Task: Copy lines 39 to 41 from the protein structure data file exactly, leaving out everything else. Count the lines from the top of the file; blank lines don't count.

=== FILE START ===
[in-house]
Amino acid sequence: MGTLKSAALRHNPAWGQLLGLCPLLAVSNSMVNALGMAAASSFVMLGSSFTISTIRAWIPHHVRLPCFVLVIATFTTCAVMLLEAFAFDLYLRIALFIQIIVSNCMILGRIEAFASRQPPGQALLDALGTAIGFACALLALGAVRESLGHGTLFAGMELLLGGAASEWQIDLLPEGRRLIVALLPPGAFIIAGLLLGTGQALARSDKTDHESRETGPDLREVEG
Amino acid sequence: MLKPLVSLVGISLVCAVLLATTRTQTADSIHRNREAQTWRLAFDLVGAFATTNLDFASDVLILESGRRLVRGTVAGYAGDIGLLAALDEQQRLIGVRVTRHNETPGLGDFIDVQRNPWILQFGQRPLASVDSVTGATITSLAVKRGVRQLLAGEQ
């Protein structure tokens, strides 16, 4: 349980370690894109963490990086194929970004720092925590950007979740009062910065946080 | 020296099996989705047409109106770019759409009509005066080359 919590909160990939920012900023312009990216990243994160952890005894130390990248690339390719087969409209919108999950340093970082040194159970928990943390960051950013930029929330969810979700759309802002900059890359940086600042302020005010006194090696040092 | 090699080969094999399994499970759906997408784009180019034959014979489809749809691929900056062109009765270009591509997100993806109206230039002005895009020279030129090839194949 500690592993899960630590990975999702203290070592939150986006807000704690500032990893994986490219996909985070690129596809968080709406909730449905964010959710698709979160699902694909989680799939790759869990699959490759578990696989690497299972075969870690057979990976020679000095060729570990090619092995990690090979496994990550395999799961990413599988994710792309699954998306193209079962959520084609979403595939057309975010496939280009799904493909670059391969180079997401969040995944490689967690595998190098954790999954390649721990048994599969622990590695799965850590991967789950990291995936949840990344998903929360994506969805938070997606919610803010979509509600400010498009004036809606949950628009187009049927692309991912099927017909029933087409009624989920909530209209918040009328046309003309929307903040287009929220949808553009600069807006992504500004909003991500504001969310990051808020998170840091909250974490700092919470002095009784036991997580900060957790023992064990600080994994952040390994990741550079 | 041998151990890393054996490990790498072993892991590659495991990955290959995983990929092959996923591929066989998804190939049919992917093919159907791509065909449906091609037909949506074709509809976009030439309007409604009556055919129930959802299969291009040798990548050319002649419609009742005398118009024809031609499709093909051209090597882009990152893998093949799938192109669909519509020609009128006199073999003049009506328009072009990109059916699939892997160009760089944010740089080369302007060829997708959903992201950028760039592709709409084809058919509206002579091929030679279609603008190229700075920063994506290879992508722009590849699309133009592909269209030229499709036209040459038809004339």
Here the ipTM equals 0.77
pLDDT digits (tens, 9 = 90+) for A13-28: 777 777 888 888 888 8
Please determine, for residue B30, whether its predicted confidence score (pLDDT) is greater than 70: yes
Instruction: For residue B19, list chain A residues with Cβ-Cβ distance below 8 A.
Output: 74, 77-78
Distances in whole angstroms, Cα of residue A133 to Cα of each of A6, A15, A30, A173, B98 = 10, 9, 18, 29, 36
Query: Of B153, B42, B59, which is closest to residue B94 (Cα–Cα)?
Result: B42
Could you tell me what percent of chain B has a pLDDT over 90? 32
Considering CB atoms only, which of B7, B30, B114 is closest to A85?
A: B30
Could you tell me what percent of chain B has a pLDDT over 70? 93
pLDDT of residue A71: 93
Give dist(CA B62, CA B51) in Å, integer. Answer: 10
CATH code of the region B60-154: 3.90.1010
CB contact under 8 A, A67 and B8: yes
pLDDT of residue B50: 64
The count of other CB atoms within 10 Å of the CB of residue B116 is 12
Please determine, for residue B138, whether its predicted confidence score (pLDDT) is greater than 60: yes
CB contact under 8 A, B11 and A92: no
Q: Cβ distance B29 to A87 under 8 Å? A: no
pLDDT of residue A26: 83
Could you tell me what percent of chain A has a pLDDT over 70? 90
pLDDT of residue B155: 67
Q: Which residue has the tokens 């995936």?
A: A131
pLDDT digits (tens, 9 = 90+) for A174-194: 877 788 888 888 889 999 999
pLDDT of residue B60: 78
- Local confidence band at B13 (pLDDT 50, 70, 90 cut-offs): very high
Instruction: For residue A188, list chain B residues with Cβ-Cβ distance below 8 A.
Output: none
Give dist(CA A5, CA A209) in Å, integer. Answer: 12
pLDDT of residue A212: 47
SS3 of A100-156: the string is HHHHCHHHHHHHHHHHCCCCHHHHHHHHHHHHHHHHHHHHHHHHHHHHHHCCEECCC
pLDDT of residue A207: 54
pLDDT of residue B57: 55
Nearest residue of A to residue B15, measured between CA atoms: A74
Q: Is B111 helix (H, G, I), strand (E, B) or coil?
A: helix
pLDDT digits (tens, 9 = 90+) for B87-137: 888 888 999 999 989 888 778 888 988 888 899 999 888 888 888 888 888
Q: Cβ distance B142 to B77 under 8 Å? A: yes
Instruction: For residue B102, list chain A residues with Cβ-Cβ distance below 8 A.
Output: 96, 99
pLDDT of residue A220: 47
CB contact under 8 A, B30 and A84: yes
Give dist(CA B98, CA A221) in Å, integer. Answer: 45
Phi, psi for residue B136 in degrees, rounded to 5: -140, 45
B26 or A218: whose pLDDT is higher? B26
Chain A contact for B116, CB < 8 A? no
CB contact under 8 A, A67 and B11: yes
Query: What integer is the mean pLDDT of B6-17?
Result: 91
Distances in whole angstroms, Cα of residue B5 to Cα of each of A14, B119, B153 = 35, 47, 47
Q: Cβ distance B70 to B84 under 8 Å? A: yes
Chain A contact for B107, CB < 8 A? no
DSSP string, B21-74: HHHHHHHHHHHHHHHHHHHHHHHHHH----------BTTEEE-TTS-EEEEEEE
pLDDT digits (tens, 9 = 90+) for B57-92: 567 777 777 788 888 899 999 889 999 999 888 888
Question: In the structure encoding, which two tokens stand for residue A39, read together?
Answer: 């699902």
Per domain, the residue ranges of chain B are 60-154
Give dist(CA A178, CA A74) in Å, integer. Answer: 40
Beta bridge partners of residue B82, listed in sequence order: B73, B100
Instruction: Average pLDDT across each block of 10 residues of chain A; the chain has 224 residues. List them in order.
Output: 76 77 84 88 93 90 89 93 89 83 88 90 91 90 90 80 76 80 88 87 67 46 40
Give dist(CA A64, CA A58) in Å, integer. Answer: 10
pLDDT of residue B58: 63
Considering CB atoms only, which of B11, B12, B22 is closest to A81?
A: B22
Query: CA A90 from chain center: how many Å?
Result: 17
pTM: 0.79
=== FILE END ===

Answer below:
pLDDT of residue A207: 54
pLDDT of residue B57: 55
Nearest residue of A to residue B15, measured between CA atoms: A74